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FAIRFIELD LAKE STATE PARK

FAIRFIELD LAKE STATE PARK. Fairfield Lake State Park is on Farm Road 3285 on the southern and southwestern shores of Fairfield Lake, six miles northeast of Fairfield in northeastern Freestone County. On November 2, 1971, the State of Texas signed an agreement with Dallas Power and Light Company, Texas Power and Light Company, and Texas Electric Service Company to lease and develop land for a park along Fairfield Lake. Texas Parks and Wildlife Department developed three sections, comprising 1,460 acres. The park officially opened on March 1, 1972. The terrain consists of woodland in which various types of oaks, as well as hickories, dogwoods, blackjack, and pecan, predominate. Indian grass, switchgrass, and other native Texas grasses are common there as well as wildflowers. The lake contains a variety of fish including catfish, bass, sunfish, carp, and crappie. Because Fairfield Lake serves as a cooling lake, its warm water also facilitates the stocking of redfish, hybrid stripers, and Florida largemouth bass. Shore and water birds such as herons, egrets, and geese frequent the area. Bald eagles have also wintered in the region. The park has 135 campsites, a number of picnic sites, playgrounds, two boat ramps, a fishing pier, hiking trails, and a swimming area. Swimmers take advantage of the heated water's therapeutic benefits. Chancellor Union Cemetery, a rural graveyard, is located just outside the park entrance.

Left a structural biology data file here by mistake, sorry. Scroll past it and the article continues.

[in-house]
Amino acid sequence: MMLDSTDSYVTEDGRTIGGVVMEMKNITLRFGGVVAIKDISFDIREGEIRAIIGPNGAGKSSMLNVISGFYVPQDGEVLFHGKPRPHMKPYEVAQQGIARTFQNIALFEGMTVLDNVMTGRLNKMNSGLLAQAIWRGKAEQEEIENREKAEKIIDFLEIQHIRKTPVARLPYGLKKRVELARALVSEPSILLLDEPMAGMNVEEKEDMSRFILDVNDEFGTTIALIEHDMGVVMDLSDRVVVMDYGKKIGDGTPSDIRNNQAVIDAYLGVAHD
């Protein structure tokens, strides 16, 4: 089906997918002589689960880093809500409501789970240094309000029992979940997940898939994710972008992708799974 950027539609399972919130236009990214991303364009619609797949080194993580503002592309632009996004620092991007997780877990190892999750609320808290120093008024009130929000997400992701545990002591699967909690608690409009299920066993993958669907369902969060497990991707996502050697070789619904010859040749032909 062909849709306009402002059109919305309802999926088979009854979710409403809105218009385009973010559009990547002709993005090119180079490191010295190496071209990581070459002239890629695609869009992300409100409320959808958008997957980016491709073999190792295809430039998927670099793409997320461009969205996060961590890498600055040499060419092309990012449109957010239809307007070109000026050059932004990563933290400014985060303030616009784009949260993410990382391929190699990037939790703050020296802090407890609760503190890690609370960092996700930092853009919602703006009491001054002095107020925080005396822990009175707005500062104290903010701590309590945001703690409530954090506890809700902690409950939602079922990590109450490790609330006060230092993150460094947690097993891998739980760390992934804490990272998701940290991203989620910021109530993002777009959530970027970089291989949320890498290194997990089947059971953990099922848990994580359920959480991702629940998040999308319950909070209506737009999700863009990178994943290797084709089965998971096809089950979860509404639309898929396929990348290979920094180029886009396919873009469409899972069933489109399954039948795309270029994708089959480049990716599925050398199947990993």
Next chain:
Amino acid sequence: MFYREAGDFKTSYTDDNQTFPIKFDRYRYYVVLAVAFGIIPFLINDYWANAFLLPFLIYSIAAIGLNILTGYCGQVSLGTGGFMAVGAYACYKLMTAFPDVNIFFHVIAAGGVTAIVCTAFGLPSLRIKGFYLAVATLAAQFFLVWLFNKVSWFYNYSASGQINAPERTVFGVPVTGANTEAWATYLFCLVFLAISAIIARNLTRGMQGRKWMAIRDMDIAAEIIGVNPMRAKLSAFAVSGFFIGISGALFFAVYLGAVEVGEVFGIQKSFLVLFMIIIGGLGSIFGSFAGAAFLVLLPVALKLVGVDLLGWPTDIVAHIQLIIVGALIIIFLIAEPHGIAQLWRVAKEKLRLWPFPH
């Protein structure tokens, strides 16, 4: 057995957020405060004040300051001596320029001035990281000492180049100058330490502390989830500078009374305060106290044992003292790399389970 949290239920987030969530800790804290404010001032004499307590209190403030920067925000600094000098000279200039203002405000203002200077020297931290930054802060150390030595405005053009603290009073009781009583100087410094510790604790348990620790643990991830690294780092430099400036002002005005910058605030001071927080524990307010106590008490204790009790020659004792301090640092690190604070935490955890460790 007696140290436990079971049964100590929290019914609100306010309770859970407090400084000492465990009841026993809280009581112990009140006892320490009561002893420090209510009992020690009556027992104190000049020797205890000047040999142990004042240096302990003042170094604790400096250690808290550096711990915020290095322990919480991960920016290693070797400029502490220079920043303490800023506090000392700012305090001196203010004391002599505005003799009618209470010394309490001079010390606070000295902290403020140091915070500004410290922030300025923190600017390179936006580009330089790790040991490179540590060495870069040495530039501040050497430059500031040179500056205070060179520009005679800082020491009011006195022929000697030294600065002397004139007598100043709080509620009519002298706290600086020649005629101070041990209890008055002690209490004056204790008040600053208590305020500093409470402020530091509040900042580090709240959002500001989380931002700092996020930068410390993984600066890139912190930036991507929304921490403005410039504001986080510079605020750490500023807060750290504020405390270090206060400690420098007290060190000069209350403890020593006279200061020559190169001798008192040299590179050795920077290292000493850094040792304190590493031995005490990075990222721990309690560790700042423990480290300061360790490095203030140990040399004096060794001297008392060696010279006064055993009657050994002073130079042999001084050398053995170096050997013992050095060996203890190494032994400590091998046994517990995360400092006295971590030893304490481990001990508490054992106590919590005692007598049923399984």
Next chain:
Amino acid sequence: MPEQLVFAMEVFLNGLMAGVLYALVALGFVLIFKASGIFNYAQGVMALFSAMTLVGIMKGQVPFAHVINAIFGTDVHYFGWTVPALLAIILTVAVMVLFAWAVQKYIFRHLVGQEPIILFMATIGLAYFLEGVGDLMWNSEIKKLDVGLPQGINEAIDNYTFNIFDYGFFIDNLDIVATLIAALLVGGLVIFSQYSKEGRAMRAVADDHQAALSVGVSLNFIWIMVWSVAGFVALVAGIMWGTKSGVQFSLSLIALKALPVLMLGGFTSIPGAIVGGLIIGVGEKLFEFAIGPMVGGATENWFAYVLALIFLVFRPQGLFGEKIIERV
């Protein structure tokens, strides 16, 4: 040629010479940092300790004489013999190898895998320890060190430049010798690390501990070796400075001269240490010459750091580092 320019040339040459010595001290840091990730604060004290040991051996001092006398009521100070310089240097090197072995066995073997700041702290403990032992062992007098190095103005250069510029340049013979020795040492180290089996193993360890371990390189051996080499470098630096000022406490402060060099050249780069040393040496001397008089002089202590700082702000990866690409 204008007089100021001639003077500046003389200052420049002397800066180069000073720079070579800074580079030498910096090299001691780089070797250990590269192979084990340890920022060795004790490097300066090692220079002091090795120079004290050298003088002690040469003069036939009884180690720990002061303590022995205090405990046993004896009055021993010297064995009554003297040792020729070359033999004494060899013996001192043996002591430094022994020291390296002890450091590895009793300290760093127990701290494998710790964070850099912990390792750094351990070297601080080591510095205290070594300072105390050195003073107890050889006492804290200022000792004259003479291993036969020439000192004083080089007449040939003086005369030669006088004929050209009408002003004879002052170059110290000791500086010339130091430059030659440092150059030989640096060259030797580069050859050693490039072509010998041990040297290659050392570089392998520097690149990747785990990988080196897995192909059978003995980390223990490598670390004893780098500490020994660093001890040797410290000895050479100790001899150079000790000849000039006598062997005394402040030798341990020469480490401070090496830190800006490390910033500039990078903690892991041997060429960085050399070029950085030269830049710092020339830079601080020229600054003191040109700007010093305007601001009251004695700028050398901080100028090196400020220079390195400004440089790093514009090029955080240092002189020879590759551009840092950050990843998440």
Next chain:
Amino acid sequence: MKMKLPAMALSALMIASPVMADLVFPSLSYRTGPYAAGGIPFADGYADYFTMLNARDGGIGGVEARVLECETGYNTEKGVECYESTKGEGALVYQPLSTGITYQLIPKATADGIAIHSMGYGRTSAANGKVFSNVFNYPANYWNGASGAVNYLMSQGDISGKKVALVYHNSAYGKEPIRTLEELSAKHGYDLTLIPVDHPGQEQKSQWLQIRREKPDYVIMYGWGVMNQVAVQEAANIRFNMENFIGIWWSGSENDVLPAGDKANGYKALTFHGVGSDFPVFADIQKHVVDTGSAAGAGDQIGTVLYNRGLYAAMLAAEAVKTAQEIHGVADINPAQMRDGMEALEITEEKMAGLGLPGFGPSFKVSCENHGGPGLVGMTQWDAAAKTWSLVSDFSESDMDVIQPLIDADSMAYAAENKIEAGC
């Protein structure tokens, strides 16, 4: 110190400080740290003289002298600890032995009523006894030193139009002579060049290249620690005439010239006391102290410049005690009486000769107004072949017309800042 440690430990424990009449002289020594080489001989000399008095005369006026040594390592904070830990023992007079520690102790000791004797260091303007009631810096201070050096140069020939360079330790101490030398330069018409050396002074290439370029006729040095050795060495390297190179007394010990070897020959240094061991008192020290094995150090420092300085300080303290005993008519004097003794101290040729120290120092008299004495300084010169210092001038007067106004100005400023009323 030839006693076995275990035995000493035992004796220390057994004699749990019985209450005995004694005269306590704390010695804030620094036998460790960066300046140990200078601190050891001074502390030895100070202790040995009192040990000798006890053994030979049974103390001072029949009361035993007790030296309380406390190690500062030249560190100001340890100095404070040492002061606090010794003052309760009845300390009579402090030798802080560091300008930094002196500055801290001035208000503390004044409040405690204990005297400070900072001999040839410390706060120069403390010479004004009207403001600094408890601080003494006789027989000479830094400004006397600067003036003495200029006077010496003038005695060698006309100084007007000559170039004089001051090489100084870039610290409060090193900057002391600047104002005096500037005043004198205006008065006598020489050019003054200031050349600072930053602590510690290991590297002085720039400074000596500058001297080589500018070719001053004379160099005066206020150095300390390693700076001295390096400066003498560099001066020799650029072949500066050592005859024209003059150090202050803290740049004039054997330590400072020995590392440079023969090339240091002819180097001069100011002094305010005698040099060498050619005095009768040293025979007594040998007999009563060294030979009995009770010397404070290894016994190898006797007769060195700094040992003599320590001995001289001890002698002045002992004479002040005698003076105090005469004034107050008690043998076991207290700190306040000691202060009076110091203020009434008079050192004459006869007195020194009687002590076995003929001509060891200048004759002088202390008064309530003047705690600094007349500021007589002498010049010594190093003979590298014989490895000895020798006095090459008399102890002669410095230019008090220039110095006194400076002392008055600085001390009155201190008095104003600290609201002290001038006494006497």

BIBLIOGRAPHY: 
Laurie E. Jasinski, "Land of Great Promise: A History of Fairfield Lake State Park" (unpublished report, Texas Parks and Wildlife Department, Cultural Resources Program, Austin, 2002). Vertical Files, Dolph Briscoe Center for American History, University of Texas at Austin.
Chris Cravens

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Citation

The following, adapted from the Chicago Manual of Style, 15th edition, is the preferred citation for this article.

Handbook of Texas Online, Chris Cravens, "Fairfield Lake State Park," accessed August 26, 2016, http://www.tshaonline.org/handbook/online/articles/gkf05.

Uploaded on June 12, 2010. Published by the Texas State Historical Association.